Laser scanner speeds molding process
Designers can now build Wireless Internet (WI) cameras using standard CMOS imagers coupled with 802.11b-based wireless networking ICs.
Engineers at Hunt Machine and Manufacturing (Talmadge, OH; www.huntmachine.com) were recently contracted to build a mold of an interior trim part for an automobile. "We were given this task without any computer-aided design (CAD) data," says president Dave Hunt. The company that built the original tooling had taken CAD data and combined it with pattern makers' models to make the original mold, but both the models and the CAD data were no longer available. In addition, the part was physically flexible, which ruled out a contact measurement method (CMM) to determine its geometry. Worse, because CMM measures single points at a time, it would have taken a very long time to collect enough points to reproduce the contoured geometry of the instrument panel part.
As a result, Hunt sent the part to NVision (Coppell, TX; nvision3d.com). This company used a ModelMaker laser scanner to produce a surface model of the part. The mold builder then made modifications requested by the OEM, produced several rapid prototypes for verification, and designed a new mold. The ModelMaker system captures surface shapes in real time at more than 23,000 points per second.
"We reconstructed the instrument panel in our facility so we could mount the part as it would be in a vehicle," said Bill Bonner, director of sales and consulting for NVision. "All sides of the part were scanned with the ModelMaker in one day," he adds.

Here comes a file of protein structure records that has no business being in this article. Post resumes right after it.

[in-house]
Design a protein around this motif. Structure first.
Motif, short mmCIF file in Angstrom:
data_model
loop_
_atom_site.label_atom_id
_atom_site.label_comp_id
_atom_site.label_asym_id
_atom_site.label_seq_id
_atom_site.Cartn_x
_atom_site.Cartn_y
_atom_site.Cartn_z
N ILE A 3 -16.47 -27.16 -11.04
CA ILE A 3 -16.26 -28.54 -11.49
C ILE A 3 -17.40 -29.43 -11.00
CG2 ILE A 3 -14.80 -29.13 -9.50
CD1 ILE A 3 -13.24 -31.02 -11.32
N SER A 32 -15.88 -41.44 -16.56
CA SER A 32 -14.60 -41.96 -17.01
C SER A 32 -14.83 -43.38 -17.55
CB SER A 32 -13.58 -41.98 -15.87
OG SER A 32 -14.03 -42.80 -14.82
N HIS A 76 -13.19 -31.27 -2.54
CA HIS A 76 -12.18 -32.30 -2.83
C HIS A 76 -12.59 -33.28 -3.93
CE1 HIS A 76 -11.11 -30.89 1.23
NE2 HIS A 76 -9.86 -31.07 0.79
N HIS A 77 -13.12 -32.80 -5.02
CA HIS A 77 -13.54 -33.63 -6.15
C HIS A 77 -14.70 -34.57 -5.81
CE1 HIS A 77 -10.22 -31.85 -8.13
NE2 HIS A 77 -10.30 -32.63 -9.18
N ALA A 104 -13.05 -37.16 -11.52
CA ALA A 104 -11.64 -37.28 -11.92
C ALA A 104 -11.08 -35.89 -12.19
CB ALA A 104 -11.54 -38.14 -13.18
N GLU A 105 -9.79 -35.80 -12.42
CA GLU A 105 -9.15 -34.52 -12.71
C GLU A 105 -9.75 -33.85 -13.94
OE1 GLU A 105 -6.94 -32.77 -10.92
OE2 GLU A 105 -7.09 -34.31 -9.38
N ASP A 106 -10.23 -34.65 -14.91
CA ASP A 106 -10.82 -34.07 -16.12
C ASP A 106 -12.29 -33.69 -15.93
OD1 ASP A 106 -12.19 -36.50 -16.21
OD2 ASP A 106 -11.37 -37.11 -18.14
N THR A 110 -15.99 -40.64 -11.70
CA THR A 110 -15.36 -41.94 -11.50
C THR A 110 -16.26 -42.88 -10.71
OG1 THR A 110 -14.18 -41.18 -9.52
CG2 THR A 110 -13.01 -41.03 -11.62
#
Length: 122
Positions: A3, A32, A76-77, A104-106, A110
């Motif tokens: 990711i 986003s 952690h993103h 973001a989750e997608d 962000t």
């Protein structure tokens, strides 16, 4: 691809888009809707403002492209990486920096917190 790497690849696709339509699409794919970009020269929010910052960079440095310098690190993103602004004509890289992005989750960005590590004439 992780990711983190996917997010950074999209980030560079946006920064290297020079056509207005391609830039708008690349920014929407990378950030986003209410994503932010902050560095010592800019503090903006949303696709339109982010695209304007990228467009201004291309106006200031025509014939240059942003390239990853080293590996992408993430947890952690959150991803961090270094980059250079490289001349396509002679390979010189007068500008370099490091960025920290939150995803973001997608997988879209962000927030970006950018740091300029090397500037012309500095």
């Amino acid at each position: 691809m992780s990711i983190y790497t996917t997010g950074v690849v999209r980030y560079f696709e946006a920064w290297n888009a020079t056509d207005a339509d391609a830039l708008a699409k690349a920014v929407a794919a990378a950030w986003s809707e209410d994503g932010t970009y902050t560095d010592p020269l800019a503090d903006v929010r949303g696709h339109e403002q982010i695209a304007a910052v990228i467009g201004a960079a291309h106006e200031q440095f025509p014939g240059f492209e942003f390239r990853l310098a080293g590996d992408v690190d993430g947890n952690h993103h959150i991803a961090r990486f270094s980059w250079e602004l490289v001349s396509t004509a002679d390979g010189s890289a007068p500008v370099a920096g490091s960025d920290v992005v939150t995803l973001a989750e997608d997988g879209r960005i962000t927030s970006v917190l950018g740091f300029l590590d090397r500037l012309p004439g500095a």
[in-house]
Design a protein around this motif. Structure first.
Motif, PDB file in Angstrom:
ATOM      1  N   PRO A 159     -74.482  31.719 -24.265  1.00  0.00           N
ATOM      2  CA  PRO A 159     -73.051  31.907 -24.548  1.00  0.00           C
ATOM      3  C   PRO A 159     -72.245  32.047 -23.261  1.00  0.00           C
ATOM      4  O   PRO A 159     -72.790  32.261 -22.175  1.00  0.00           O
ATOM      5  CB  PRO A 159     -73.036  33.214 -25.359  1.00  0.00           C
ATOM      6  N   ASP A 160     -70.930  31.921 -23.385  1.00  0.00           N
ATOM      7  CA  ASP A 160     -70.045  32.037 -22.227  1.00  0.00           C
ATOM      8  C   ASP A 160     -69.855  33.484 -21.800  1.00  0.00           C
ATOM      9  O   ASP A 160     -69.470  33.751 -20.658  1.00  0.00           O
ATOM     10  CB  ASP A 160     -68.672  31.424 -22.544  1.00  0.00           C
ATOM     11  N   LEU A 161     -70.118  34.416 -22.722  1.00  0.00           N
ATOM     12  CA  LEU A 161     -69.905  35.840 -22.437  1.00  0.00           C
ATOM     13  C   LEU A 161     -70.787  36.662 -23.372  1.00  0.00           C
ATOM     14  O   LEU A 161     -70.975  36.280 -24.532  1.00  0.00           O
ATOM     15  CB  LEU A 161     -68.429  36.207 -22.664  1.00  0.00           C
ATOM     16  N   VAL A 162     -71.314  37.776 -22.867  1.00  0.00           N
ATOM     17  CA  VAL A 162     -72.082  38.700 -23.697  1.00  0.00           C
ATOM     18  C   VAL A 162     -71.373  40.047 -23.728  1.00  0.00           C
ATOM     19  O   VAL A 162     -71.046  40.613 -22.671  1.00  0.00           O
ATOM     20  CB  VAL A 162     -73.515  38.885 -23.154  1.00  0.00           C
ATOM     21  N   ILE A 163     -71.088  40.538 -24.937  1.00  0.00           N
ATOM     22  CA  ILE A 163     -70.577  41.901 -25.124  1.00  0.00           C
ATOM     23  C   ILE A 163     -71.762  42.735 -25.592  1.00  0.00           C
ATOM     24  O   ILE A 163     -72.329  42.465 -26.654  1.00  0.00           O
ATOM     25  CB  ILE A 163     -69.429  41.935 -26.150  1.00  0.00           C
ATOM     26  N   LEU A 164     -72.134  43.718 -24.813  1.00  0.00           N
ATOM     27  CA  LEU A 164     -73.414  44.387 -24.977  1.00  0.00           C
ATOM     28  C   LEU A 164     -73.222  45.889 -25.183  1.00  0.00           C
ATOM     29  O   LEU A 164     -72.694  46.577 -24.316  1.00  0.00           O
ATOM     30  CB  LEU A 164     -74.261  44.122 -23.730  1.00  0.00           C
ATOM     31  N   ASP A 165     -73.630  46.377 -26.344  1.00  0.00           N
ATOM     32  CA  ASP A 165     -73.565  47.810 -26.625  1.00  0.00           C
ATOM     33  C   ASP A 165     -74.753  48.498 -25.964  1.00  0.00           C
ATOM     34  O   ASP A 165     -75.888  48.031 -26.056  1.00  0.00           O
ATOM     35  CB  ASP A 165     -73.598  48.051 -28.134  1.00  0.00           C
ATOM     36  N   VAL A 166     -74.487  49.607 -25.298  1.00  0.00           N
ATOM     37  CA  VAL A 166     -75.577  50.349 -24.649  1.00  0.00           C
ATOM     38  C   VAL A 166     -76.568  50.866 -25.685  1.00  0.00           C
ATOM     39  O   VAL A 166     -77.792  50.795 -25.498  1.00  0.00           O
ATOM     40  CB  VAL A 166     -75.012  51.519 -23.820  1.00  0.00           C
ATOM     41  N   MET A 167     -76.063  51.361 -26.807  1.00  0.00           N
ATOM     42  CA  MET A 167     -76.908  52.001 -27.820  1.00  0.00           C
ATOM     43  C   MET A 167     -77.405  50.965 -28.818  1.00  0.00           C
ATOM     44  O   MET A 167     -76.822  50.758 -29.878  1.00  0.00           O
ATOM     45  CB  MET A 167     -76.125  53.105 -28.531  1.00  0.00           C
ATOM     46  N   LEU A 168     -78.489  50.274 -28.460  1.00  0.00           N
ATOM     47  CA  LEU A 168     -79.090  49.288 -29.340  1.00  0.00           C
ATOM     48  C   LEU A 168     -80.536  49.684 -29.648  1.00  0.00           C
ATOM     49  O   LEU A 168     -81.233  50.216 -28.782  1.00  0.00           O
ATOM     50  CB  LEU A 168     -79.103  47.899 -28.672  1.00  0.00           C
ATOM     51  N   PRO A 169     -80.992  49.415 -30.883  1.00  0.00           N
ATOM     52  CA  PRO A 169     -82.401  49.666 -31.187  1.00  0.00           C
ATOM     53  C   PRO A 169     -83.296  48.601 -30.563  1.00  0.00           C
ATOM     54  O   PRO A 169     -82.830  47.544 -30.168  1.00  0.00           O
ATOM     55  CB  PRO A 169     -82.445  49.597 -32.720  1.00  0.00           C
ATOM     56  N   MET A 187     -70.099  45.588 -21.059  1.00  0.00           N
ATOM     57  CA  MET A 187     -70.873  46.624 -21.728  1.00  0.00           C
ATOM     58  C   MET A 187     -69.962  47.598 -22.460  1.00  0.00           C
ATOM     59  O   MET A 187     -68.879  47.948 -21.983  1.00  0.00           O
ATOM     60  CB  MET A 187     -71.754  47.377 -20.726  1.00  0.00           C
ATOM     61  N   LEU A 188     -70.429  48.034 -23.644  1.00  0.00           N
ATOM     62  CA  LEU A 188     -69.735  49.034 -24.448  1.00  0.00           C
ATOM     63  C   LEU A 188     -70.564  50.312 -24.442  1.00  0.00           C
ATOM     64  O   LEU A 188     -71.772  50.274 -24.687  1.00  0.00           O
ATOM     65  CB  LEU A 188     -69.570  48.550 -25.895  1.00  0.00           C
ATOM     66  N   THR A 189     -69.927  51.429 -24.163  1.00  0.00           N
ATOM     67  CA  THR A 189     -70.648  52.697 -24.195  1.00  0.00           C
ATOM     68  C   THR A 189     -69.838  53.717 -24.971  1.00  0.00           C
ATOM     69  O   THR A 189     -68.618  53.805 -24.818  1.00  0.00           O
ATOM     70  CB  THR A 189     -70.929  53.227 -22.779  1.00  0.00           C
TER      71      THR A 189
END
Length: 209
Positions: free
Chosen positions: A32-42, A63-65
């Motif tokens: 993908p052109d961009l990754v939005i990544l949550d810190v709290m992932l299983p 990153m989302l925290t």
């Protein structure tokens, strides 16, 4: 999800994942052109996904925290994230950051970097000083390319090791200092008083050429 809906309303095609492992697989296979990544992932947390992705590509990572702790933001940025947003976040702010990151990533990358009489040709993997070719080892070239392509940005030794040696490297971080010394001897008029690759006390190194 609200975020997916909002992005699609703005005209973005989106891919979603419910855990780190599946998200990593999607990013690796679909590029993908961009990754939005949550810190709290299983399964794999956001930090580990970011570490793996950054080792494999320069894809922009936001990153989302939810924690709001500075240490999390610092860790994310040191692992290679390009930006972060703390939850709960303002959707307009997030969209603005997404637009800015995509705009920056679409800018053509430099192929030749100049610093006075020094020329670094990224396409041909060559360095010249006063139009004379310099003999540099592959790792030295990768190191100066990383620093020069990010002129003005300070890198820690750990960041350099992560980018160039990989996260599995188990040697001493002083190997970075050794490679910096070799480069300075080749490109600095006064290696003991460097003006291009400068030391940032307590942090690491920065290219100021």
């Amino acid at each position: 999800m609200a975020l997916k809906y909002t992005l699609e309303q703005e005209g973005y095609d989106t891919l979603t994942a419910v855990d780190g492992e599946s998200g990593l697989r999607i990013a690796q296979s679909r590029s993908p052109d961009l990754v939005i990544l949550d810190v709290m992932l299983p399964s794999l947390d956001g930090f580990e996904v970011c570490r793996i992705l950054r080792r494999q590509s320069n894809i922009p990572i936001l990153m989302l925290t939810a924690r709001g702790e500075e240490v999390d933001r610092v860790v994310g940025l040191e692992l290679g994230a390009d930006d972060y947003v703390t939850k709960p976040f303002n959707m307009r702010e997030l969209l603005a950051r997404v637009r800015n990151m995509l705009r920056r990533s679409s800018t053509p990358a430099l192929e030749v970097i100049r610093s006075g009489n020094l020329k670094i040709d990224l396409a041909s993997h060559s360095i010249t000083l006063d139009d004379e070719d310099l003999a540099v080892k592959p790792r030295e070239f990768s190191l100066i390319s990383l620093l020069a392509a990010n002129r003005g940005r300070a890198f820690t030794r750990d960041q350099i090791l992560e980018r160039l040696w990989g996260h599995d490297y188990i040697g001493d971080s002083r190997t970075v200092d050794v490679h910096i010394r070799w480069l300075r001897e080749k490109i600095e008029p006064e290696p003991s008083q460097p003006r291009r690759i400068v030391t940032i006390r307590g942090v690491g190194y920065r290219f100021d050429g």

As a technician moves the system sensor over the surface of the part, a dedicated PCI interface card translates the video image of the line into three-dimensional (3-D) coordinates. This process creates a dense cloud of 3-D data that describes the surface of the part. The result is a point cloud consisting of more than 1 million points. Lettering on the part is separately scanned using a ModelMaker W35 scanner. NVision used Surfacer software from EDS (Plano, TX; www.eds.com) to automatically generate surfaces through the point cloud. On the part's most critical front surface, NVision used the ultra-violet blend method, which builds the surfaces from cross sections in both the x and y directions.
Hunt Machine provided the resulting CAD file to a design firm that converted it to Pro/Engineer CAD format developed by PTC (Needham, MA; www.ptc.com), performed modifications requested by the customer, and provided an Initial Graphics Exchange Specification surface-model file to Hunt Machine. This file was then read into a Unigraphics CAD system, also from EDS. The surface model was converted to a solid model, and a prototype was produced using a stereolithography system. The customer examined the prototype and requested several additional modifications. The goal of these changes was to improve the fit of the part within the instrument panel. Hunt Machine made these modifications and provided a new prototype.
Engineers then designed the mold to produce the new design. "It would have taken 28 weeks to do the job using CMM compared to the 16 weeks that was required with laser scanning. The main reason for this time improvement is that laser scanning generates a detailed point cloud in minimal time while CMM points must be collected one by one. Using the ModelMaker, a more accurate mold was produced since the million-plus points generated was used to produce a solid model that accurately reflected the contours of the part," says Hunt.